Since a friend of ours had called us for breakfast we went and we were totally surprised by the presence of some of the cast members in the restaurant. As a young girl I was totally excited to see Ben Kingsley (who was essaying Gandhi), Roshan Seth (who played Nehru), writes RADHIKA RAJAMANI
Being a student of history one had read about Gandhiji’s contribution to the freedom struggle and the nation, his weapons of satyagraha and ahimsa, his clarion call for Swadeshi, crusade against untouchability and his yeomen work in the field of leprosy and much more. Though many had heard about Gandhi through people and read about him in books it was Sir Richard Attenborough who brought the man alive on celluloid through his Oscar-winning film “Gandhi” encapsulating his life from South Africa, his role in the freedom struggle to his death, which is still the most well-known film on the freedom fighter. Sir Richard Attenborough met Smt Indira Gandhi to seek permission to do the film. Convinced by his research on Gandhi and the treatment and approach of the film Smt. Indira Gandhi gave her nod. My late father had the good opportunity to meet Sir Richard and listen to his detailing of the story. The film was shot in different parts of the country highlighting the main and definitive episodes of his life.
Some part of the shooting was held in New Delhi in the early 80s and the cast was staying in Ashoka Hotel. Since a friend of ours had called us for breakfast we went and we were totally surprised by the presence of some of the cast members in the restaurant. As a young girl I was totally excited to see Ben Kingsley (who was essaying Gandhi), Roshan Seth (who played Nehru) and a few others. When one saw the film on the big screen one was overawed by the content and the images. Sir Richard had put his heart and soul in the making of the film. Some of the images are still vivid in memory. “Gandhi” finally swept the Oscars in 1983 with eight Oscars. This film remains a seminal film on Gandhi even today!
Shyam Benegal directed another film titled “The Making of the Mahatma” in 1996 (based on the book “Apprenticeship of the Mahatma” by Fatima Meer, who also wrote the screenplay of the film) which chronicled Gandhiji’s life in South Africa, his barrister days, Tolstoy Farm (his first ashram in South Africa), how this experience shaped him, where he devised the weapon of Satyagraha and led him to India and plunge into the national movement. This eminent filmmaker had a special screening of the film in Hyderabad where Rajat Kapoor (the actor who played Mohandas Karamchand Gandhi), Fatima Meer and Shyam Benegal were present. The screening of the film was followed by an interaction with the audience where I was present. It was indeed a special occasion which I was privileged to be part of.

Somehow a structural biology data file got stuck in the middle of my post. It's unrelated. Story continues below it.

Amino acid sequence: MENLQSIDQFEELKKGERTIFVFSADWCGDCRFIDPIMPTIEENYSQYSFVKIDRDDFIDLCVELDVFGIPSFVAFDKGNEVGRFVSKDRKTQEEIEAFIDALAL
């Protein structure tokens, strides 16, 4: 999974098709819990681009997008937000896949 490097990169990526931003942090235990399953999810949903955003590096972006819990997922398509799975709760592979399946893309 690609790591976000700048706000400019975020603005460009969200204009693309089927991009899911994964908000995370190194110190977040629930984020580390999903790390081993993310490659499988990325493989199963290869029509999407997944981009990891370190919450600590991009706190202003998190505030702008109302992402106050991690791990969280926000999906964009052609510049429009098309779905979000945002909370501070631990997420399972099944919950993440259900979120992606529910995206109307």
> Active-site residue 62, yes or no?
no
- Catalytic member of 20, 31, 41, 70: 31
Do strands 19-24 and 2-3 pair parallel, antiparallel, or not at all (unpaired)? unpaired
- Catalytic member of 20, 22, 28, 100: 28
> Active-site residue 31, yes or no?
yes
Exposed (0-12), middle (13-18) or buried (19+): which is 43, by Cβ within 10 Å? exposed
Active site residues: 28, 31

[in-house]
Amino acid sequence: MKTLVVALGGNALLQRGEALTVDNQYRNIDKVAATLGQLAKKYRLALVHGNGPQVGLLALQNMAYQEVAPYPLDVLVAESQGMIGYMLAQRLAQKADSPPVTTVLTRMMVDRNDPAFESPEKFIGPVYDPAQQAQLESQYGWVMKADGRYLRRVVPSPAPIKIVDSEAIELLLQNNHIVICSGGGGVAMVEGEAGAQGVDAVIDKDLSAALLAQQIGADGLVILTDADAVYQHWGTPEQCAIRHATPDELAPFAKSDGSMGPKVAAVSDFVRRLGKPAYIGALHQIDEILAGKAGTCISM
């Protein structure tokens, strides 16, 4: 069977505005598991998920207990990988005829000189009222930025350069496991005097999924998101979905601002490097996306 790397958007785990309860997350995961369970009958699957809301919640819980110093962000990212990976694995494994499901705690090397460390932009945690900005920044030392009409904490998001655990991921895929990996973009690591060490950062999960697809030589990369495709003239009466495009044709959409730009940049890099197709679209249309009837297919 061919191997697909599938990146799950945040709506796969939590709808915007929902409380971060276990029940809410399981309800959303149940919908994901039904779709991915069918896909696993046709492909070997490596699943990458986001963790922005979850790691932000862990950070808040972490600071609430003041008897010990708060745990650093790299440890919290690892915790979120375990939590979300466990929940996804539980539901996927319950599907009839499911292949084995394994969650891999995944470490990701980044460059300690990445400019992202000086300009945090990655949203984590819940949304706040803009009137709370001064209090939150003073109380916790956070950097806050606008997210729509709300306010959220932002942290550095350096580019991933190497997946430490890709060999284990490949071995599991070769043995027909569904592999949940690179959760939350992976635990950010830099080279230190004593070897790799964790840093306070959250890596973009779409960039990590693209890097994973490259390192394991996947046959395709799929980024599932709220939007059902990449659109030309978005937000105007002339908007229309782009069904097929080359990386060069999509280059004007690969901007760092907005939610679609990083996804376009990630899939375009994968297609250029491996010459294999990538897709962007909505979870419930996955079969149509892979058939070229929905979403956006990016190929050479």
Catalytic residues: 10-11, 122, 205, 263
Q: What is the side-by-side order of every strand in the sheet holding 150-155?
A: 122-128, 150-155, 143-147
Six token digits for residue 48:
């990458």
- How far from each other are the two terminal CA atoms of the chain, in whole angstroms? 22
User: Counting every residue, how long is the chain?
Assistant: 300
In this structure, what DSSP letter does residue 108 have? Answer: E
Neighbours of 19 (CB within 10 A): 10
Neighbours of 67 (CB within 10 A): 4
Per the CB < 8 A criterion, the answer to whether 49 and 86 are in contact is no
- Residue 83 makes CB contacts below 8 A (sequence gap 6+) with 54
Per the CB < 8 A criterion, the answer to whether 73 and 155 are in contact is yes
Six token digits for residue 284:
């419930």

Shyam Benegal directed another film titled
“The Making of the Mahatma” in 1996 (based on the book “Apprenticeship of the Mahatma” by Fatima Meer
While these were the two main films of Gandhi which showcased his life, there were others like “Hey Ram” (which dealt with the story of two friends from different religious backgrounds in the aftermath of the Partition), “Maine Gandhi ko nahin mara”, “Gandhi, My Father” (which described the relationship of Gandhi and his son Harilal Gandhi based on the book by Harilal) and “Lage Raho Munnabhai” (brought Gandhi to the younger generation) which looked at various aspects of Gandhi’s life.
Short films and documentaries too have been made on the father of the nation. Gandhi figures in many films/biopics like “Mountbatten”, “Jinnah”, “Ambedkar”, “Veer Savarkar”, “Sardar””, “Dear Friend Hitler” and many more!
Albert Einstein said about Gandhi: “Generations to come will scarce believe that such a one as this ever in flesh and blood walked upon this earth.”
This quote by the world-renowned physicist is engraved in Birla House, New Delhi, where Mahatma Gandhi was shot on January, 30, 1948. When I first visited Birla House many years ago and read this quotation I had goosebumps! One hundred and fifty one years after his birth and seventy one years after his death Gandhiji is remembered on October 2, his birthday, and January 30, the day of his martyrdom . It is sad that the father of the Nation is mostly relegated to the annals of history books and to some extent in cinema where the film “Gandhi” is a regular feature on television on October 2!